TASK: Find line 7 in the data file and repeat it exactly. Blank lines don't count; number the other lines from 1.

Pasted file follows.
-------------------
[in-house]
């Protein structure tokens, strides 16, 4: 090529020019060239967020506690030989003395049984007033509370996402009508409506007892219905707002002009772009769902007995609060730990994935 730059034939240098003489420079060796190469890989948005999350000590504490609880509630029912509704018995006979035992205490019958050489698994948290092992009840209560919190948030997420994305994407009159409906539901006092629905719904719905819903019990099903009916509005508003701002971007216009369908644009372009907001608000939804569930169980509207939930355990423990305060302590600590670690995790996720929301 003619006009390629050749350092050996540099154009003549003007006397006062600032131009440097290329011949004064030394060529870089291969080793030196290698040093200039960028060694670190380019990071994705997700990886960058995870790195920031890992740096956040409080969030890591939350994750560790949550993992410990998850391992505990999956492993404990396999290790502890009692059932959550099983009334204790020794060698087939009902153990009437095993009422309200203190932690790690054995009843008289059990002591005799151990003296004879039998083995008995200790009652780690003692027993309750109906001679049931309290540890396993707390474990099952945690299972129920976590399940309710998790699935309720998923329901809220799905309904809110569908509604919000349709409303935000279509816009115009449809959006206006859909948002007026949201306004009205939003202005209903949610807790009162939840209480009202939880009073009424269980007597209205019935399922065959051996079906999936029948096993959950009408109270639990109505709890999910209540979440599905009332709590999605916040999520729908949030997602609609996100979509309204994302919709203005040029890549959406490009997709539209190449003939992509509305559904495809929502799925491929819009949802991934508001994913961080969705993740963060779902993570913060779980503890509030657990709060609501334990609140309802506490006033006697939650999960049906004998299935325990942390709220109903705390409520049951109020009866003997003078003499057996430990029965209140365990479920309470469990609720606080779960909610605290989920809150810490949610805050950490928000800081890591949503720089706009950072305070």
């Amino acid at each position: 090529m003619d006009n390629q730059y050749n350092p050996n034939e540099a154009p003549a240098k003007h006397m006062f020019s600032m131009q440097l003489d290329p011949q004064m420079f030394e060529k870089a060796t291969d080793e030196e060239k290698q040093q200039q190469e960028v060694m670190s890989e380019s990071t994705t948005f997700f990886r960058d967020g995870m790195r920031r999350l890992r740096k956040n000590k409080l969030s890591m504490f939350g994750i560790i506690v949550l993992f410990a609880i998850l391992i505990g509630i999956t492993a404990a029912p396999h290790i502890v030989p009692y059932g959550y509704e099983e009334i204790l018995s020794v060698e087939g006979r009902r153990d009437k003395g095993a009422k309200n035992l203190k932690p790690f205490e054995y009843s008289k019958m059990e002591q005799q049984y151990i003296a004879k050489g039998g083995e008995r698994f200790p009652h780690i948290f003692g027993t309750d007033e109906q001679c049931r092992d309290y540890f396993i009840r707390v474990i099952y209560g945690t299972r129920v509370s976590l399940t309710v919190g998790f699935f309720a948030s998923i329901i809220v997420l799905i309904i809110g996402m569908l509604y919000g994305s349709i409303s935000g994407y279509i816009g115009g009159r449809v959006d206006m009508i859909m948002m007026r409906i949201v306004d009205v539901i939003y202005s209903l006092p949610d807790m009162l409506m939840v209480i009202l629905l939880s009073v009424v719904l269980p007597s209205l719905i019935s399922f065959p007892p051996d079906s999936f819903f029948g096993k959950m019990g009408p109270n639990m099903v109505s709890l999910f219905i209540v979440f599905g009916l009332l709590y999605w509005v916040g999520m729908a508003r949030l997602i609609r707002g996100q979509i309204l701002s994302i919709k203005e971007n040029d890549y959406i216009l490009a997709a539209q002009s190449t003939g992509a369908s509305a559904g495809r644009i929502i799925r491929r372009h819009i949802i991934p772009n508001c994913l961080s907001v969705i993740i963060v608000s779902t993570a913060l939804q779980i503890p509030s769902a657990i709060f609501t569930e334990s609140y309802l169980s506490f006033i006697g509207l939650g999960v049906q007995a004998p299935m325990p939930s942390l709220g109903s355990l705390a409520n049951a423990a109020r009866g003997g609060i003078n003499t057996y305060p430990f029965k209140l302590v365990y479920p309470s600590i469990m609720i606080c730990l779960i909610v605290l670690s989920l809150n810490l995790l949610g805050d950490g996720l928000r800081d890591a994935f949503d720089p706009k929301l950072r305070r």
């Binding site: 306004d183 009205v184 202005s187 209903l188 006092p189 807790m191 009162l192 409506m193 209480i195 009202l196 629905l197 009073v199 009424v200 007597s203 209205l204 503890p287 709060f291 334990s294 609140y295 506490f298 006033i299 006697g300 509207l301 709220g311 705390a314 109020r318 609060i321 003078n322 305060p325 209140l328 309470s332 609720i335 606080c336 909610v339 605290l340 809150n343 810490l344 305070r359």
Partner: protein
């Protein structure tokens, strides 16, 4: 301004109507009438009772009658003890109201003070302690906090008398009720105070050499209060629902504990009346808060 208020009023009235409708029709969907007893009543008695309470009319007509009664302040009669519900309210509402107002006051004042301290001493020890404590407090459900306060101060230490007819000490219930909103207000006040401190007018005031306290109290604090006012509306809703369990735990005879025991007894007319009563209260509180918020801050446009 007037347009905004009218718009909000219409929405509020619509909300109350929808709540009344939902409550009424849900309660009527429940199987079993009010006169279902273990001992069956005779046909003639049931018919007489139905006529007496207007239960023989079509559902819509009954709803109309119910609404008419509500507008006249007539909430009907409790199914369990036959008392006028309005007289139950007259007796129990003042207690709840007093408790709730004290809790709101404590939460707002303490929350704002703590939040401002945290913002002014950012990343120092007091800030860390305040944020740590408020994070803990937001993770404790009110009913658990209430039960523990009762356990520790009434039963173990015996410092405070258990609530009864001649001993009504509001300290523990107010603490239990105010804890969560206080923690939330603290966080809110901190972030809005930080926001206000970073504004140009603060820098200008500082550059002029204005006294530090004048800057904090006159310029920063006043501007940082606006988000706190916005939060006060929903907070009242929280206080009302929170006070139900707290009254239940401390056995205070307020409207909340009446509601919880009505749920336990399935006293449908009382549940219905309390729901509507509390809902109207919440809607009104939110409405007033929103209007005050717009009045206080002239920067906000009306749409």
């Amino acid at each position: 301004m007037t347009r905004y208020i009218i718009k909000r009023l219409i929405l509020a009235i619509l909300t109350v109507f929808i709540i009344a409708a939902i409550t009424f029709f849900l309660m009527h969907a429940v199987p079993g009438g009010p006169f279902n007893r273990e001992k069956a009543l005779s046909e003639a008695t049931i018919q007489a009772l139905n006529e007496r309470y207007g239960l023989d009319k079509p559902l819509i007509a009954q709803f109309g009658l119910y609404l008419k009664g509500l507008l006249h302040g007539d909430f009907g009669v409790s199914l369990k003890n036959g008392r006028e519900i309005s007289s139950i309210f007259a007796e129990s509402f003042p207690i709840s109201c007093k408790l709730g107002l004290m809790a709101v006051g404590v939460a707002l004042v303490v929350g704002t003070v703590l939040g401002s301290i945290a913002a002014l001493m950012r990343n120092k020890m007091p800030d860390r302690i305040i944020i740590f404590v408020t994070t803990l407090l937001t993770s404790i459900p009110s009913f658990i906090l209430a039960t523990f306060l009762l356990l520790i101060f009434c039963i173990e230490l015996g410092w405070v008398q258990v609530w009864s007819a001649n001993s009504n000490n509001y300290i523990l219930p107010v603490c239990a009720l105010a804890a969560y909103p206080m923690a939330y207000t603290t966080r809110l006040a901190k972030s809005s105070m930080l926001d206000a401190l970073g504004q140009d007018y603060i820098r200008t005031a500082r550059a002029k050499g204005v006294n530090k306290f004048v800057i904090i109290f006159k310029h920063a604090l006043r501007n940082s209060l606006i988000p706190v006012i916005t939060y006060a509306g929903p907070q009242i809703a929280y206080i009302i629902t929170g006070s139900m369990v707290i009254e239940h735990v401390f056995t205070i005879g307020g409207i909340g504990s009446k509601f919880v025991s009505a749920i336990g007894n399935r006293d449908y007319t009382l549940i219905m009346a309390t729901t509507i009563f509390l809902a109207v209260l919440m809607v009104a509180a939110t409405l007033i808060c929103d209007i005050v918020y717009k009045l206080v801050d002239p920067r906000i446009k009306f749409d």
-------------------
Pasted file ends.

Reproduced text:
């Amino acid at each position: 301004m007037t347009r905004y208020i009218i718009k909000r009023l219409i929405l509020a009235i619509l909300t109350v109507f929808i709540i009344a409708a939902i409550t009424f029709f849900l309660m009527h969907a429940v199987p079993g009438g009010p006169f279902n007893r273990e001992k069956a009543l005779s046909e003639a008695t049931i018919q007489a009772l139905n006529e007496r309470y207007g239960l023989d009319k079509p559902l819509i007509a009954q709803f109309g009658l119910y609404l008419k009664g509500l507008l006249h302040g007539d909430f009907g009669v409790s199914l369990k003890n036959g008392r006028e519900i309005s007289s139950i309210f007259a007796e129990s509402f003042p207690i709840s109201c007093k408790l709730g107002l004290m809790a709101v006051g404590v939460a707002l004042v303490v929350g704002t003070v703590l939040g401002s301290i945290a913002a002014l001493m950012r990343n120092k020890m007091p800030d860390r302690i305040i944020i740590f404590v408020t994070t803990l407090l937001t993770s404790i459900p009110s009913f658990i906090l209430a039960t523990f306060l009762l356990l520790i101060f009434c039963i173990e230490l015996g410092w405070v008398q258990v609530w009864s007819a001649n001993s009504n000490n509001y300290i523990l219930p107010v603490c239990a009720l105010a804890a969560y909103p206080m923690a939330y207000t603290t966080r809110l006040a901190k972030s809005s105070m930080l926001d206000a401190l970073g504004q140009d007018y603060i820098r200008t005031a500082r550059a002029k050499g204005v006294n530090k306290f004048v800057i904090i109290f006159k310029h920063a604090l006043r501007n940082s209060l606006i988000p706190v006012i916005t939060y006060a509306g929903p907070q009242i809703a929280y206080i009302i629902t929170g006070s139900m369990v707290i009254e239940h735990v401390f056995t205070i005879g307020g409207i909340g504990s009446k509601f919880v025991s009505a749920i336990g007894n399935r006293d449908y007319t009382l549940i219905m009346a309390t729901t509507i009563f509390l809902a109207v209260l919440m809607v009104a509180a939110t409405l007033i808060c929103d209007i005050v918020y717009k009045l206080v801050d002239p920067r906000i446009k009306f749409d």